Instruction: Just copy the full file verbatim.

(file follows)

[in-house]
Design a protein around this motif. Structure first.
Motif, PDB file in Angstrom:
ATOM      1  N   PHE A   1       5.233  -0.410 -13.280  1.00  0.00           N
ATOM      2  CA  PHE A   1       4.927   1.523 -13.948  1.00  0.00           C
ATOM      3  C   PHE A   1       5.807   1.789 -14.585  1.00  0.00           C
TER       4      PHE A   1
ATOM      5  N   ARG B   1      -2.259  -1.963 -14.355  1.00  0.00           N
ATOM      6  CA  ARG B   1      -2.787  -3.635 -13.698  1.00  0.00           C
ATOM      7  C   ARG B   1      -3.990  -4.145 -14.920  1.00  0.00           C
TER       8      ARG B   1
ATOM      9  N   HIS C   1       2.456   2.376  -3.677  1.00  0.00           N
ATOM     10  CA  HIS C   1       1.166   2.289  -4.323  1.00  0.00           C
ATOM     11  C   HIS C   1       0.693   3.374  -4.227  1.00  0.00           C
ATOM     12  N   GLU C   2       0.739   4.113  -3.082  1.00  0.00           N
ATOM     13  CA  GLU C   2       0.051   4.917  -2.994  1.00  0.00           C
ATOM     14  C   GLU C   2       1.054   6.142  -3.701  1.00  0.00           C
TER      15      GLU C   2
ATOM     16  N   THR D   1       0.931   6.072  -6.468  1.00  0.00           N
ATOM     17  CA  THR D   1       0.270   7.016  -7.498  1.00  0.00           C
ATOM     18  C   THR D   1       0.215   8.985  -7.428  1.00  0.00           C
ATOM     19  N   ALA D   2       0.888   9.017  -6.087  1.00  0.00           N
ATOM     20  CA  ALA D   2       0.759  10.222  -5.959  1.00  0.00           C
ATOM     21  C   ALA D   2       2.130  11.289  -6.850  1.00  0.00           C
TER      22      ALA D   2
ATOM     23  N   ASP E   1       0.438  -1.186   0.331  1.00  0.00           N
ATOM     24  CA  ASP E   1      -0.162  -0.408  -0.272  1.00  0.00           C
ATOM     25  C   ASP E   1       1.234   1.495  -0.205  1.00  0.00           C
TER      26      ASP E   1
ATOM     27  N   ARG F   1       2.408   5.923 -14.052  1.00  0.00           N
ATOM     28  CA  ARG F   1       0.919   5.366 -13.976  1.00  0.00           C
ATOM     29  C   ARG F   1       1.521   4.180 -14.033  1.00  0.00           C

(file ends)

[in-house]
Design a protein around this motif. Structure first.
Motif, PDB file in Angstrom:
ATOM      1  N   PHE A   1       5.233  -0.410 -13.280  1.00  0.00           N
ATOM      2  CA  PHE A   1       4.927   1.523 -13.948  1.00  0.00           C
ATOM      3  C   PHE A   1       5.807   1.789 -14.585  1.00  0.00           C
TER       4      PHE A   1
ATOM      5  N   ARG B   1      -2.259  -1.963 -14.355  1.00  0.00           N
ATOM      6  CA  ARG B   1      -2.787  -3.635 -13.698  1.00  0.00           C
ATOM      7  C   ARG B   1      -3.990  -4.145 -14.920  1.00  0.00           C
TER       8      ARG B   1
ATOM      9  N   HIS C   1       2.456   2.376  -3.677  1.00  0.00           N
ATOM     10  CA  HIS C   1       1.166   2.289  -4.323  1.00  0.00           C
ATOM     11  C   HIS C   1       0.693   3.374  -4.227  1.00  0.00           C
ATOM     12  N   GLU C   2       0.739   4.113  -3.082  1.00  0.00           N
ATOM     13  CA  GLU C   2       0.051   4.917  -2.994  1.00  0.00           C
ATOM     14  C   GLU C   2       1.054   6.142  -3.701  1.00  0.00           C
TER      15      GLU C   2
ATOM     16  N   THR D   1       0.931   6.072  -6.468  1.00  0.00           N
ATOM     17  CA  THR D   1       0.270   7.016  -7.498  1.00  0.00           C
ATOM     18  C   THR D   1       0.215   8.985  -7.428  1.00  0.00           C
ATOM     19  N   ALA D   2       0.888   9.017  -6.087  1.00  0.00           N
ATOM     20  CA  ALA D   2       0.759  10.222  -5.959  1.00  0.00           C
ATOM     21  C   ALA D   2       2.130  11.289  -6.850  1.00  0.00           C
TER      22      ALA D   2
ATOM     23  N   ASP E   1       0.438  -1.186   0.331  1.00  0.00           N
ATOM     24  CA  ASP E   1      -0.162  -0.408  -0.272  1.00  0.00           C
ATOM     25  C   ASP E   1       1.234   1.495  -0.205  1.00  0.00           C
TER      26      ASP E   1
ATOM     27  N   ARG F   1       2.408   5.923 -14.052  1.00  0.00           N
ATOM     28  CA  ARG F   1       0.919   5.366 -13.976  1.00  0.00           C
ATOM     29  C   ARG F   1       1.521   4.180 -14.033  1.00  0.00           C